—Miriam E. Tucker (@MiriamETucker on Twitter)

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Drug Makers Go High-Tech to Prevent Opioid Abuse

Daytona 500 practice run (U.S. Air Force photo by Larry McTighe via Wikimedia Commons)

In the heart of Appalachia, there have long been doughty renegades who prefer not to pay taxes on their whiskey (also known as moonshine or a potential substance of abuse). These ingenious individuals have continually come up with imaginative ways to distill and distribute their products, while evading law enforcement (also known as revenuers). In fact, one of America’s favorite pastime — NASCAR — was born of the need of moonshiners to outrun the revenuers.

These days though, the game is being played the other way around.  Drugmakers, with encouragement from the government, are coming up with some pretty cool ways to prevent the abuse and misuse of opioids and other prescription drugs, which have become another of American’s favorite pastimes. In 2009, 16 million Americans age 12 and older had taken a prescription pain reliever, tranquilizer, stimulant, or sedative for nonmedical purposes at least once in the year prior to being surveyed, according to the National Survey on Drug Use and Health.

Dr. Lynn Webster discussed some innovative technologies to prevent opioid misuse at the annual meeting of the American Academy of Pain Medicine. So what’s on the horizon?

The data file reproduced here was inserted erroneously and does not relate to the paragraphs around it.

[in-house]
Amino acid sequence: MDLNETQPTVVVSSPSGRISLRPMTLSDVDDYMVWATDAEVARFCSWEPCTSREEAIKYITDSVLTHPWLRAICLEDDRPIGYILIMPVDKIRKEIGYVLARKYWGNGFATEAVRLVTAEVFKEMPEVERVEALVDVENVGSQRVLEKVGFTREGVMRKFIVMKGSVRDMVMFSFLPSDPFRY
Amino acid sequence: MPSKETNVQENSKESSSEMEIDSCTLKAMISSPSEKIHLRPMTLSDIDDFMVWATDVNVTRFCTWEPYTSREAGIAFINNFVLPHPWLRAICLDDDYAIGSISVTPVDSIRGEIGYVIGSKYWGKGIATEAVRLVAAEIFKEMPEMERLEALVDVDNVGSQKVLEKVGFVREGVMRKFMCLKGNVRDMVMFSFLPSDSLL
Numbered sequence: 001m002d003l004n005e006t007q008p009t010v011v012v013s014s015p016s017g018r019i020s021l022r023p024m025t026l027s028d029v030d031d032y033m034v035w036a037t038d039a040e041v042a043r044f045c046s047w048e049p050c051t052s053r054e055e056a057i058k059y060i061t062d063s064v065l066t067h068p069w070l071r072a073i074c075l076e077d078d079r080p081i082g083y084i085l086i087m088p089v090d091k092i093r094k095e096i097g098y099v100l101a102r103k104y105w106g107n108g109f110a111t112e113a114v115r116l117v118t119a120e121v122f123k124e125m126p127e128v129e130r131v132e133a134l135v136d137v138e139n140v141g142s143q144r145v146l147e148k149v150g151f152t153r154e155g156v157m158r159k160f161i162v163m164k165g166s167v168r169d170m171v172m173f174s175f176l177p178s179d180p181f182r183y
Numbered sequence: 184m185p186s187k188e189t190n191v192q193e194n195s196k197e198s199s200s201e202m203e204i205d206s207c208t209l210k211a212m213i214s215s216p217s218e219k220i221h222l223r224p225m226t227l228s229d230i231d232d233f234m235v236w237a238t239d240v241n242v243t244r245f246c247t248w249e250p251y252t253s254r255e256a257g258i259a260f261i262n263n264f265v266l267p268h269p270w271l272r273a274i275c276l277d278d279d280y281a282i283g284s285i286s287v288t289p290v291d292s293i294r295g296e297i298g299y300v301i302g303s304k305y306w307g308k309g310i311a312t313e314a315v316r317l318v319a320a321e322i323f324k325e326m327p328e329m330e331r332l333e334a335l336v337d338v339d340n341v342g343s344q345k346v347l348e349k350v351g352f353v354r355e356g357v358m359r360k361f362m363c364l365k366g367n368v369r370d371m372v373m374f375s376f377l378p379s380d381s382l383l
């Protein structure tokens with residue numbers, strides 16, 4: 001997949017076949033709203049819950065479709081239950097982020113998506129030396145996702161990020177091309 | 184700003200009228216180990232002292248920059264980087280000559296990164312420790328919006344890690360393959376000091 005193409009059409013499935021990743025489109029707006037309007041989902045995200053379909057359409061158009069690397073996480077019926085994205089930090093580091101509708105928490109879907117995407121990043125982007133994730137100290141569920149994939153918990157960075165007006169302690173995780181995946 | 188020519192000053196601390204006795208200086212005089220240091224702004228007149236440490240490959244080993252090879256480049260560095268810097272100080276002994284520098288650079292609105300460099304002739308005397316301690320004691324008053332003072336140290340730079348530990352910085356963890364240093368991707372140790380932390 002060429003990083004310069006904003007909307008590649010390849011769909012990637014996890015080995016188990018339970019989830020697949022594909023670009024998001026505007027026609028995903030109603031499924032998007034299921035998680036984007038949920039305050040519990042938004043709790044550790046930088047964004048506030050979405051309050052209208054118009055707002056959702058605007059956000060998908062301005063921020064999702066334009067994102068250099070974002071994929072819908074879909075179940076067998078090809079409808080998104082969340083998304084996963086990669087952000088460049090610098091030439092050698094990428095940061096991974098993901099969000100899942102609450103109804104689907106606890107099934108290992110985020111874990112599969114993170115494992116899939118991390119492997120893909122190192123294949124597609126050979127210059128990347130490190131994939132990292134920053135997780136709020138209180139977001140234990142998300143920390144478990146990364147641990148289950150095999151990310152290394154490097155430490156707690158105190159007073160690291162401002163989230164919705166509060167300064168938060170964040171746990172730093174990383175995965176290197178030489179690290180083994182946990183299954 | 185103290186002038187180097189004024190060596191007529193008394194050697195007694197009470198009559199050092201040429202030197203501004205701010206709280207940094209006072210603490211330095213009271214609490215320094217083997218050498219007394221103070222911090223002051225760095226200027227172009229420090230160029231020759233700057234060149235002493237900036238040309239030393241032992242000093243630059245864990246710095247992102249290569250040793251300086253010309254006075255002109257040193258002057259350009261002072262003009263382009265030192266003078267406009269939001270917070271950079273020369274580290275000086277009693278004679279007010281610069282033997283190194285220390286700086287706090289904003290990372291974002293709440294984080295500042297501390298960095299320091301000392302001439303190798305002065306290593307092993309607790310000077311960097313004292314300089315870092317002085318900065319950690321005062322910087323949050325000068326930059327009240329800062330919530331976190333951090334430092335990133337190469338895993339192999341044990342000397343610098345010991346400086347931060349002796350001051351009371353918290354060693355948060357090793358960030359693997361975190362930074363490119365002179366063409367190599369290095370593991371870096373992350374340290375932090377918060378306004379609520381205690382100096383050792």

Approved in 2010, Exalgo is an extended-release formulation of hydromorphone that is indicated for once-daily administration for the management of moderate-to-severe pain in opioid-tolerant patients requiring continuous, around-the-clock opioid analgesia for an extended period of time. The drug uses a new technology – osmotic-controlled release oral delivery system (OROS) — which uses osmosis to attract water in the body to the inside of the capsule to trigger release of hydromorphone. It takes about 6 hours for the drug to release effective levels of hydromorphone and 4-5 days of use to reach a steady state of the drug in the body, said Dr. Webster.

Oxycontin abuse (courtesy of 51fifty via Wikimedia Commons)

Acurox is an oral immediate-release oxycodone tablet with a proposed indication for the relief of moderate to severe pain. Acurox uses another new technology, this one designed to deter misuse and abuse by intentional swallowing of excess quantities of tablets, intravenous injection of dissolved tablets, and nasal snorting of crushed tablets.

Collegium Pharmaceutical is developing an extended-release opioid formulation using DETERx technology to thwart abuse. Crushing or chewing prior to ingestion is a commonly used method of abusing oxycodone. Company studies have demonstrated that the plasma profile for the new DETERx formulation pill, when chewed, was bioequivalent to the taking the pill whole and as intended. This suggests that attempting to breakdown the sustained-release microspheres by chewing would not result in a meaningful increase in plasma level.
“It’s an abuse-resistant formulation, in that [potential abusers]can’t extract more than is intended for drug delivery,” said Dr. Webster.